I understand this is an important question, however, I think it is an ever-evolving “situational” question, in that it has no real bearing on the future state of affairs. of Prairie Village. It does not affect the condition of our streets. This does not affect our decision to refinance our GO bonds for the Meadowbrook project. This does not affect the new discussion of “affordable” housing. It does not affect the balancing and review of the budget. This does not affect the deliberation of future big budget projects.
As a board member for a 4 year term, I would like to focus on these issues and come up with solutions and ideas that will benefit all residents and continue to make Prairie Village a much sought after community, where all residents feel heard and appreciated. My greatest hope is that as a nation we have pulled ourselves out of this pandemic and returned to a sense of normalcy within the next six months. So many people have been affected; from the loss of loved ones to the loss and disruption of livelihoods and job security. We need to heal and restore our communities.
Question: What changes, if any, would you like to see in the city budget?
Robinson: The city does a great job in managing the overall budget. With over 80% of the budget dollars spent on public safety, public works and municipal staff, the balance must be wisely allocated in order to continue delivering the things that move the city forward and improve the lives of the people who live and working. here. So big changes, for me, are not in order. Rather, it is about focusing on budget monitoring, maintaining the city’s excellent bond rating, and finding the best ways to allocate the remaining dollars.
Priestland: FOX4 did not receive a direct response to this question. Priestland addressed this issue in Question 1.
Q: City council is researching a potential plan to decriminalize possession of marijuana in the city. Would you support the decriminalization of marijuana in Prairie Village? Please explain why or why not.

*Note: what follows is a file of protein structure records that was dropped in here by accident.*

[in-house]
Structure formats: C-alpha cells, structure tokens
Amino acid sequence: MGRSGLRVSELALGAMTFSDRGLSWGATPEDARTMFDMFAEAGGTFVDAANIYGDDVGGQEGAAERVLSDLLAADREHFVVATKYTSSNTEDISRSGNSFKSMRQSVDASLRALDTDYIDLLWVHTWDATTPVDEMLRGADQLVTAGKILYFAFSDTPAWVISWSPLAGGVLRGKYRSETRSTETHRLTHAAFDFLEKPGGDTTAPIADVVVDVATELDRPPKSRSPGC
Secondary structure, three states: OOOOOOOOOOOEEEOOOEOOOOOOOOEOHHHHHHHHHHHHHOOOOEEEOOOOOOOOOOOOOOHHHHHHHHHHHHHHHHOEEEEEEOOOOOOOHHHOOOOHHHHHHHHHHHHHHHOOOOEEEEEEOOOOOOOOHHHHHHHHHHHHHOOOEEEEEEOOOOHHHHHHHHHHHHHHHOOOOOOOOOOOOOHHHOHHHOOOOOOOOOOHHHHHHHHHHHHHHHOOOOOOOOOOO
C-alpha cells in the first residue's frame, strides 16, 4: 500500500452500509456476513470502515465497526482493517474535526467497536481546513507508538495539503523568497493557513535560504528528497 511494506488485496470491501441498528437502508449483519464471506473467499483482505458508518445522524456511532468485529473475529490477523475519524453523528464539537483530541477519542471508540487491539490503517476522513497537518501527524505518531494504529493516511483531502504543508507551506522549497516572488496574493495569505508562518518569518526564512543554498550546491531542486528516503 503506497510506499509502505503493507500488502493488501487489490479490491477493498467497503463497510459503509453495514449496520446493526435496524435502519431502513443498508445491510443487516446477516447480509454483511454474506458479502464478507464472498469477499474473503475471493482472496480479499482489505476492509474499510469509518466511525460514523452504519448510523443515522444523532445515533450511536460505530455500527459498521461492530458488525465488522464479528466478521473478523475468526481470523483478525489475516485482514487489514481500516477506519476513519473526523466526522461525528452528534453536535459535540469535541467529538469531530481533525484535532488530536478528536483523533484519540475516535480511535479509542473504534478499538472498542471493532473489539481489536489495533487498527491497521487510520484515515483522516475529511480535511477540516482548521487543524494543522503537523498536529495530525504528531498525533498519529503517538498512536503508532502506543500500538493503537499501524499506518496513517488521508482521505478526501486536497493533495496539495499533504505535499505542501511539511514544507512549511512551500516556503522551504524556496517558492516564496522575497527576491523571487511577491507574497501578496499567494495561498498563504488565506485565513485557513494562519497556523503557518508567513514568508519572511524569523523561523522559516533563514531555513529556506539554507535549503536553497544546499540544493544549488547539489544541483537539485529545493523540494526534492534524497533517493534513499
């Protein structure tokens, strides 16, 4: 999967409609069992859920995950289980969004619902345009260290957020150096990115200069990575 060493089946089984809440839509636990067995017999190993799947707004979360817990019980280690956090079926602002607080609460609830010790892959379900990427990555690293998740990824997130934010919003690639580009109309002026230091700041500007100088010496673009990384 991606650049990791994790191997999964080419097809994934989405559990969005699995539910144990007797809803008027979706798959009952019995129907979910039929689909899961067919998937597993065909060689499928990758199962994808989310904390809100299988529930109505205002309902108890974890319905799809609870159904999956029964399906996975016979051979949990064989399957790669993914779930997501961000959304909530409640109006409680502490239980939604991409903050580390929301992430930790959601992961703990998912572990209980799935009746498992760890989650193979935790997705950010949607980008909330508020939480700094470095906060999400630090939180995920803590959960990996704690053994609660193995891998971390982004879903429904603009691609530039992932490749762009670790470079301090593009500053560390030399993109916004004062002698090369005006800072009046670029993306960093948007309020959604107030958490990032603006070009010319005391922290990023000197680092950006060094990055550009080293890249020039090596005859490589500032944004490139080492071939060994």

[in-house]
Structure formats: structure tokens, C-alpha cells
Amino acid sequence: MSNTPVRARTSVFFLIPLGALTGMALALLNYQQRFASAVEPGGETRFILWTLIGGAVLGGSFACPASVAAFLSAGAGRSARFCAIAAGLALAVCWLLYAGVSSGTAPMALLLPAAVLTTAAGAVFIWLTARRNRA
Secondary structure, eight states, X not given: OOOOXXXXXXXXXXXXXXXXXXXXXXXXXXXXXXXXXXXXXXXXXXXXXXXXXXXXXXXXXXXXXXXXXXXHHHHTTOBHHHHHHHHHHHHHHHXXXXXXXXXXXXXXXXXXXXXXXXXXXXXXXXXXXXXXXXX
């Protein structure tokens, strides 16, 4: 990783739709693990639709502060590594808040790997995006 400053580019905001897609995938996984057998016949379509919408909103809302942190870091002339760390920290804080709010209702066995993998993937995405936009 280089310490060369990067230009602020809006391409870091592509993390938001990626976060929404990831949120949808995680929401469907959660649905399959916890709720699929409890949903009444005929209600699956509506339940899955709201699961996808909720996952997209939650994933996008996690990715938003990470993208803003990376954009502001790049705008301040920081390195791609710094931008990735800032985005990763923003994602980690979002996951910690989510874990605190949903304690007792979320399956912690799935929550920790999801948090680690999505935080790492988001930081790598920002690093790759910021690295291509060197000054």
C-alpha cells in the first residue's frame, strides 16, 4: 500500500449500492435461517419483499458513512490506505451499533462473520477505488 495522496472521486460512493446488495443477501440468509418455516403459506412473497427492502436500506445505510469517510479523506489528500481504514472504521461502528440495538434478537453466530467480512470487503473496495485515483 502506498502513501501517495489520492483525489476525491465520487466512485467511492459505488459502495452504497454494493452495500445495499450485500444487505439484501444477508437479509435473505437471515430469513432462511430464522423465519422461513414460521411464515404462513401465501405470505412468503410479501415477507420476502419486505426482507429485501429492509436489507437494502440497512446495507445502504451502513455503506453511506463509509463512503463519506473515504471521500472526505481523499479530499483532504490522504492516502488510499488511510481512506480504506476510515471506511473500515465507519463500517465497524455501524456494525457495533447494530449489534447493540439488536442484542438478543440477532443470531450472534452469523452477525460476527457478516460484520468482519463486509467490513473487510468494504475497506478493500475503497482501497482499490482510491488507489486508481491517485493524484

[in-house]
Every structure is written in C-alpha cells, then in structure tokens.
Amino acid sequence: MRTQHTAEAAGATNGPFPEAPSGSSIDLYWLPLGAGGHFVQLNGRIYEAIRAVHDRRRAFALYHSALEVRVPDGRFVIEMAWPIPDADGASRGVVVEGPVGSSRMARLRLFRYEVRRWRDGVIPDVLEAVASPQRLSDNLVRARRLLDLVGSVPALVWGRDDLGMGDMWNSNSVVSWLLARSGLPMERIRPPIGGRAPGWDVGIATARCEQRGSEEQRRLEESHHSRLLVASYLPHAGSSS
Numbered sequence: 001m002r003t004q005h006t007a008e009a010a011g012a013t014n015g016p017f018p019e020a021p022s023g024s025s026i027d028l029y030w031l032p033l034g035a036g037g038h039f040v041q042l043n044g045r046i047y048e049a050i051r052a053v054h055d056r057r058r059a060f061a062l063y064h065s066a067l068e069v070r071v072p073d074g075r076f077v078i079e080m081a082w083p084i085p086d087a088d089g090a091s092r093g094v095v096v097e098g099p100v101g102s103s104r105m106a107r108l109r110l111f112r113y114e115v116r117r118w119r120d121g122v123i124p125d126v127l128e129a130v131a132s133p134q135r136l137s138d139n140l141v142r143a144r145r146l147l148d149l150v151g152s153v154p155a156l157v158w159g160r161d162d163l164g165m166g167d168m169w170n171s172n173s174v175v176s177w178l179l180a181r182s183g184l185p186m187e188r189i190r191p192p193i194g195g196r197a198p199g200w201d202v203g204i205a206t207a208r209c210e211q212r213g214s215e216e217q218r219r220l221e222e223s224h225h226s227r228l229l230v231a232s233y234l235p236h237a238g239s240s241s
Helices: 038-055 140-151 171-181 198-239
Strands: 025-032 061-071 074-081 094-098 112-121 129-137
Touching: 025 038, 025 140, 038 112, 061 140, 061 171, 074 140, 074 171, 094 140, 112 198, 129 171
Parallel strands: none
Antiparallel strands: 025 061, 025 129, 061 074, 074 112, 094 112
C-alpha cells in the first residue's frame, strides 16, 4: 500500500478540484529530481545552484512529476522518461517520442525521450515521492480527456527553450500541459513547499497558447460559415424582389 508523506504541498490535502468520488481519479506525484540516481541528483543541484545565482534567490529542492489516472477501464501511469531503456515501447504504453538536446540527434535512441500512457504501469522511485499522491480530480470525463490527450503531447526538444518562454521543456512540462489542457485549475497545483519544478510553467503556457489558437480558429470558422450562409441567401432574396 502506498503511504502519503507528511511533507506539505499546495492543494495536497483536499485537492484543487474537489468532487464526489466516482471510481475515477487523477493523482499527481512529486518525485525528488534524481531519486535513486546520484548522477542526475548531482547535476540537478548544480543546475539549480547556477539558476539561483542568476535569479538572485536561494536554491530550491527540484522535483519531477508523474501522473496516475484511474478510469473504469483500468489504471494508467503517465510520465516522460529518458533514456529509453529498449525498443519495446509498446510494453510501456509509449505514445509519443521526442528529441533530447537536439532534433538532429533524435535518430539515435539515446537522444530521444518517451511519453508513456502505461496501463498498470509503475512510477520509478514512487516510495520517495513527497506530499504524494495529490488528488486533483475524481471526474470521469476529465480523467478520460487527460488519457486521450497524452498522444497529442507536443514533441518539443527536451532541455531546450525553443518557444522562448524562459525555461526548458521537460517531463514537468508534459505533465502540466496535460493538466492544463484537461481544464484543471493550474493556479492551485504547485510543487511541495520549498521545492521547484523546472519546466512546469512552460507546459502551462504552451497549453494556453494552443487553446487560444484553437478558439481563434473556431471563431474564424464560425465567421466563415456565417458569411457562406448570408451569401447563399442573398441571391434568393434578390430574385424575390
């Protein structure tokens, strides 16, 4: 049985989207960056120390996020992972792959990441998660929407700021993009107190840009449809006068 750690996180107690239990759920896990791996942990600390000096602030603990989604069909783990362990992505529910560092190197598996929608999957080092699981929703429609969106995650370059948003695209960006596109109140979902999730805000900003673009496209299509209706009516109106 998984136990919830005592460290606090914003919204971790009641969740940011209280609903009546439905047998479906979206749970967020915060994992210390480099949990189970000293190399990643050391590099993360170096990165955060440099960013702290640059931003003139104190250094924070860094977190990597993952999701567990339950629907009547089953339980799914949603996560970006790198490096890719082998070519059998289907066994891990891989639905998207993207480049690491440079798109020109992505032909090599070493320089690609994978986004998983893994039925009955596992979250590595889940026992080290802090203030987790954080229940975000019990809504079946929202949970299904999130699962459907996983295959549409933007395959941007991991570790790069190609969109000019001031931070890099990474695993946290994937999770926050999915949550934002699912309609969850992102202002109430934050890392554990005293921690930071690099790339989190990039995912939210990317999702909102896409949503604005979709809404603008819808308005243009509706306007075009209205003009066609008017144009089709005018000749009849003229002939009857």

Robinson: It is obvious that the decriminalization of marijuana is all the rage in the United States. So it’s happening, like it or not, and as soon as possible across our border with Missouri. As in many states that have already taken this step, there does not appear to be any major societal disintegration or civil unrest, but it does have consequences.
Our police chief earlier warned city council that by being at the forefront of this issue, the city would invite a criminal element to operate from a more protected position within our city. And, also recognizing that the city’s stance does not abandon current drug sanctions at the county and state levels. As such, he advised against decriminalization for the time being. My position, therefore, would be to listen to our leader of public safety and wait until a broader acceptance of decriminalization is accepted and adopted at the state level.
Priestland: My reasoning is based on the following: I have not had the opportunity, personally, to deepen the research and data, more importantly, I think I should turn to the professionals who are working on this issue at day to day and have a much better idea of the current situation and the possible consequences of the proposed policy. With that, I would side with our chief of police, Byron Roberson, and I would not be supporting him at this time.